Every time we sink our teeth into a square of chocolate, we should spare a thought for the unappreciated and tiny cocoa midges that pollinate the cacao flowers, from which we get cocoa beans, the raw material for chocolate. The midges do all the initial hard work and without them, we’d be facing the prospect of a world without chocolate.
Until now, however, little was known about how the midges find the flowers on the cocoa plants. As NRI’s Dr Sarah Arnold points out, although cacao produces lots of flowers, only about 5% of them are actually pollinated and as a result, cocoa yields all over the world are really low: “there are very few countries producing cocoa yields on a per area basis that are in any way near the maximum potential that the trees can sustain.”
Dr Arnold travelled to the sunny cacao plantations of Trinidad and Jamaica to find out more about the midges – and in the process sampled some pretty good chocolate too. The project, known as ‘CocoaPOP’ – Cocoa Pollination for Optimised Production – was led by Professor Phil Stevenson, with Steve Belmain, David Hall, Dudley Farman, and Dan Bray, joining Sarah on the NRI team.
Dr Arnold is working on the principle that the more we can find out about the midges’ behaviour, the more the farmers can then do to boost their cocoa yields which means a better income for them, and ultimately more chocolate for us, the consumers. The team needed to understand how to make the midges pollinate the cacao flowers more effectively, so they had to first understand how the midges found the flowers and whether all of the selective breeding that’s been applied to cacao has somehow made the flowers less attractive and harder to find.
Dr Arnold says, “we extracted odours from the flowers of living cacao trees in Jamaica and Trinidad. With the expertise of Profs Phil Stevenson and David Hall, we then used these odour samples to build a more complete picture of the scent of the flowers than had ever previously been possible.” With this new information, the team attempted to replicate the bouquet in the lab, to find out how the midges reacted to this odour.
The biggest breakthrough was successfully breeding the midges in the NRI lab, and breeding specific species over multiple generations, the first time this had been done anywhere in the world. This opened up the possibility of being able to do future controlled experiments as Dr Arnold explains: “It’s one thing going to a farm, catching some midges and doing a few experiments in the couple of days before they die, but if you’ve got your own lab culture then that means you’ve got a reliable supply of midges going into the future.”
“You can look at the effect of the environment, at their behaviour, how they mate, how they respond to smells and different colours, where they choose to lay their eggs and that’s what opens up all the possibilities for us as scientists. We managed to breed one species of midge – though this was probably not the most effective species of cacao pollinator – so there’s still a lot of research to do.”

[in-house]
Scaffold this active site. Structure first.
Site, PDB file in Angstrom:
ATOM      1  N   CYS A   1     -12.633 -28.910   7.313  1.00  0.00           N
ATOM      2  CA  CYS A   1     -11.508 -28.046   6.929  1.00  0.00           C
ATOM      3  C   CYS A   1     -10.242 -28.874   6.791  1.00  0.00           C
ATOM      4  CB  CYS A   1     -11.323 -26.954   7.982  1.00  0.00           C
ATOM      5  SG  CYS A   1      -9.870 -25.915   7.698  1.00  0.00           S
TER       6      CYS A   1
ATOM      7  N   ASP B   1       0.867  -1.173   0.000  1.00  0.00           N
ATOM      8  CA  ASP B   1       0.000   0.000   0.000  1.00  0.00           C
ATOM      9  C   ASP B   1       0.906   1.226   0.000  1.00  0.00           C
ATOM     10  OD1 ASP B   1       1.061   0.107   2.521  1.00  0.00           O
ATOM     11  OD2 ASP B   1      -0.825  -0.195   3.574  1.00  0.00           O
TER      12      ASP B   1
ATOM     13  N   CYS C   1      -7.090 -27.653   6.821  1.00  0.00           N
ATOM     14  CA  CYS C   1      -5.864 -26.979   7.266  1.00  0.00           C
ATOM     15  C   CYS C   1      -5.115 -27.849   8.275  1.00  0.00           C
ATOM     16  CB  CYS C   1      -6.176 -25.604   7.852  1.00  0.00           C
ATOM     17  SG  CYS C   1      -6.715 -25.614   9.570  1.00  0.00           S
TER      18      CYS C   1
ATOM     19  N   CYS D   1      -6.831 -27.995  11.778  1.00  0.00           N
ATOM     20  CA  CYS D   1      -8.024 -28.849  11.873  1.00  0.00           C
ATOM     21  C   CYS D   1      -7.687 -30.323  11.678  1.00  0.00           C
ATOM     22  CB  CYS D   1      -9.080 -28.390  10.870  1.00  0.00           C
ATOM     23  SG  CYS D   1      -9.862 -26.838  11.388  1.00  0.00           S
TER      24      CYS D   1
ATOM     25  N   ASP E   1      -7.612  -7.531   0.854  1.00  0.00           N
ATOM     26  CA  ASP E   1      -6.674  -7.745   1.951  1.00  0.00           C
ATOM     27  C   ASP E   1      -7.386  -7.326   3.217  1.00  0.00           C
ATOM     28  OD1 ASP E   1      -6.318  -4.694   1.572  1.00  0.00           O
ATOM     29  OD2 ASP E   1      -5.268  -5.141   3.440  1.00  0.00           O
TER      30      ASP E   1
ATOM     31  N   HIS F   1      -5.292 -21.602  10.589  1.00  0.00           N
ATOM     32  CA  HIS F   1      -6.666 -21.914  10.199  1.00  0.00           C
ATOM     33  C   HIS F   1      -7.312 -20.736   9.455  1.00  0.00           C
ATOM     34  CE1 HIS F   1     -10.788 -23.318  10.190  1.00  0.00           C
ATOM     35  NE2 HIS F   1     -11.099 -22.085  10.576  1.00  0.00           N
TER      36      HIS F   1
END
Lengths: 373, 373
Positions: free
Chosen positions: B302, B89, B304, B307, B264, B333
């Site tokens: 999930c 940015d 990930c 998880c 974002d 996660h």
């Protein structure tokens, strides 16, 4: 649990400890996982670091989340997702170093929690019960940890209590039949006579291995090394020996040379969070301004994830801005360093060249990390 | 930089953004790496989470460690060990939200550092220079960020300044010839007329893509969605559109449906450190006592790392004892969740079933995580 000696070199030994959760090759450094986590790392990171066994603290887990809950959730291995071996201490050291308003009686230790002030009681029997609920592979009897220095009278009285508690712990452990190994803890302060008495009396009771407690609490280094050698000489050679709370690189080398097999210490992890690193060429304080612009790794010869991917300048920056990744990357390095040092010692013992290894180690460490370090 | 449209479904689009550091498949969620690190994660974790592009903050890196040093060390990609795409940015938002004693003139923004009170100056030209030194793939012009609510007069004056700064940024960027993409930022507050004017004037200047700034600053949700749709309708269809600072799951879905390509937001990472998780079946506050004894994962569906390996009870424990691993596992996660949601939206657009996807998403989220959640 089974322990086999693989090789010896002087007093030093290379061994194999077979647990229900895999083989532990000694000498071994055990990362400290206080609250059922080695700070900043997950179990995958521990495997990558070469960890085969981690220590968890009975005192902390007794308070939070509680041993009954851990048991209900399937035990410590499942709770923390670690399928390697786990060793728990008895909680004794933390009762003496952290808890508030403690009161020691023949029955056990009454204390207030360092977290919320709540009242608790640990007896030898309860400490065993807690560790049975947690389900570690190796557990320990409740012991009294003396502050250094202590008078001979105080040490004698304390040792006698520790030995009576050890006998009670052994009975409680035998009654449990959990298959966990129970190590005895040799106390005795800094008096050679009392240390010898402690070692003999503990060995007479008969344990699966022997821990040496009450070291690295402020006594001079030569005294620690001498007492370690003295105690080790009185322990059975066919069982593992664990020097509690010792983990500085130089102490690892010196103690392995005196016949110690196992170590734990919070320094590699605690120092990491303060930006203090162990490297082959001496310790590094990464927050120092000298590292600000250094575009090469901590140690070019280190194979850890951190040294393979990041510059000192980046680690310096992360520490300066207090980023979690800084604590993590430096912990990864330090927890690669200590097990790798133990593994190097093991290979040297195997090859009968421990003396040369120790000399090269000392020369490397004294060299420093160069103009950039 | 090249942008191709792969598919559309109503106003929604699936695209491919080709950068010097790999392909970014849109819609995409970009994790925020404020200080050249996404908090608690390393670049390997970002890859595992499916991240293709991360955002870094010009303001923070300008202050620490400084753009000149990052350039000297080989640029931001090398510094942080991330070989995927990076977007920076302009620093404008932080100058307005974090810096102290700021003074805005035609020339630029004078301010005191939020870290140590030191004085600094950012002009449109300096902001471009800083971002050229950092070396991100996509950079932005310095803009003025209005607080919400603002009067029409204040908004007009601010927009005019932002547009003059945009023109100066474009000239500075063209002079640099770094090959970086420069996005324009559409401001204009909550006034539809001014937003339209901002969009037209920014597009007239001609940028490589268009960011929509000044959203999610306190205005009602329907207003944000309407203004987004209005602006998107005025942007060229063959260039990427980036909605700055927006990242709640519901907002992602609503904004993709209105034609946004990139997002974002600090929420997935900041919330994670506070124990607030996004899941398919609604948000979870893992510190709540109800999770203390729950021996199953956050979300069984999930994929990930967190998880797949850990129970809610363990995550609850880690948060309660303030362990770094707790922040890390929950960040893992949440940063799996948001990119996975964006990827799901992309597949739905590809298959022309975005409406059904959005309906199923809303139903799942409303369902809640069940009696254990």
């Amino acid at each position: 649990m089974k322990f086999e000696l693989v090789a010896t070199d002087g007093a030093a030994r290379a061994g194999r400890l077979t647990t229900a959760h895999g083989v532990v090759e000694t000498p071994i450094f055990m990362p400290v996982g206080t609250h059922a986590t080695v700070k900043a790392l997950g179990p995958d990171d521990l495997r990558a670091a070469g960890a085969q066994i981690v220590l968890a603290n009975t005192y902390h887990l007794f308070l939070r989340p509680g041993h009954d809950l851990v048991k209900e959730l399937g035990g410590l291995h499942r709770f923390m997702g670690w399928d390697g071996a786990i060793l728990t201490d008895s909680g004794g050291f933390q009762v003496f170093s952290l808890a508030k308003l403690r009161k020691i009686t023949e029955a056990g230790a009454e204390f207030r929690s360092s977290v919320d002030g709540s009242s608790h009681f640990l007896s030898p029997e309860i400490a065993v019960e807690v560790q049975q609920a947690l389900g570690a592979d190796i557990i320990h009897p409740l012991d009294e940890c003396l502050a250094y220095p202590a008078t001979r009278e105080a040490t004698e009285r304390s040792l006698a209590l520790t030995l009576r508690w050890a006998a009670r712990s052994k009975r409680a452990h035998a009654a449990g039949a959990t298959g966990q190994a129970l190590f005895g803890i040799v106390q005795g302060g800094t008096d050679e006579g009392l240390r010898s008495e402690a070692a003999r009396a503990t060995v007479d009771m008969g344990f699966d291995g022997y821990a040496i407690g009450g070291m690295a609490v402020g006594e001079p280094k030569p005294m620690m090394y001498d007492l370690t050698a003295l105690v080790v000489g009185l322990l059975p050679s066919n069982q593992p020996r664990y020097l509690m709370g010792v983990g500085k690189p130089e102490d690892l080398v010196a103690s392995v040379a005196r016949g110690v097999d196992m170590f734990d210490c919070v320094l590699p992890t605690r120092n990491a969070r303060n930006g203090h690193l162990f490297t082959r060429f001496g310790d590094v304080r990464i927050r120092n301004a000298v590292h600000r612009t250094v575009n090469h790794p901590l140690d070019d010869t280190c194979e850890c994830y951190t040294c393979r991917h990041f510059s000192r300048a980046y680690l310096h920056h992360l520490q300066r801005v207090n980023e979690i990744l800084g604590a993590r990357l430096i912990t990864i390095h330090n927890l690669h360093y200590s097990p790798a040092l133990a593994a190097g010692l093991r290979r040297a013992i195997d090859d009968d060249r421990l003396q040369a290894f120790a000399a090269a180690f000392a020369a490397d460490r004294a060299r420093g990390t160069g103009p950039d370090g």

“Understanding how pollinators find and choose flowers can help us breed crops with more attractive flowers, and design ways to conserve them better. Now we know we can breed midges from cacao farms in the lab, there are so many more questions we can ask and hopefully improve production of cocoa.”
Dr Arnold and the team developed good working relationships with the Caribbean cocoa farmers who collaborated on the project. She says one experience in Trinidad where she got to taste single-origin chocolate will stay with her forever: “definitely one of the non-scientific highlights for me was standing with a farmer called Jude on his plantation, while he snapped off pieces of chocolate from a bar that had been made from cocoa grown right there, processed by him and some of the farmers in the area and made into this absolutely beautiful product.”
Dr Arnold describes the quality of that chocolate as, “perfect, with flavours that were rich and fruity and complex. Once you’ve eaten something like that”, she says, “then you know what good chocolate tastes like.”
“Trinidadian chocolate has a really distinctive taste – even when it’s a really high cocoa content it’s not bitter. It has fruity notes and richness, it’s a little bit spicy underneath and the flavour kind of explodes inside and across your mouth. If you buy a cheap chocolate, the flavour is like listening to someone playing an instrument proficiently, but all on one note. Trinidadian chocolate is like the whole orchestra, playing perfectly in tune and hitting all the right notes at exactly the right time. Imagine that happening in your mouth!”
Producing good chocolate is an art form, with many factors to consider and it requires a lot of skill. Dr Arnold learnt that processing subtleties that work for one variety of cocoa beans, might not necessarily work for others.
Dr Arnold says her hope for the future is that chocolate-lovers will become more aware of the fact that there are these little midges working away in the background and that we all need to become stewards of their environment and put pressure in the long term on the chocolate companies: “I’d like to ask the big producers what they are doing to maintain the pollinator health and diversity on the cacao plantations. I’d love to move to a future where pollinator conservation on cacao plantations explicitly became part of the certification schemes, and something that companies look actively into preserving. Some of them are doing this already but it’s not always as high profile as I’d like to see.”
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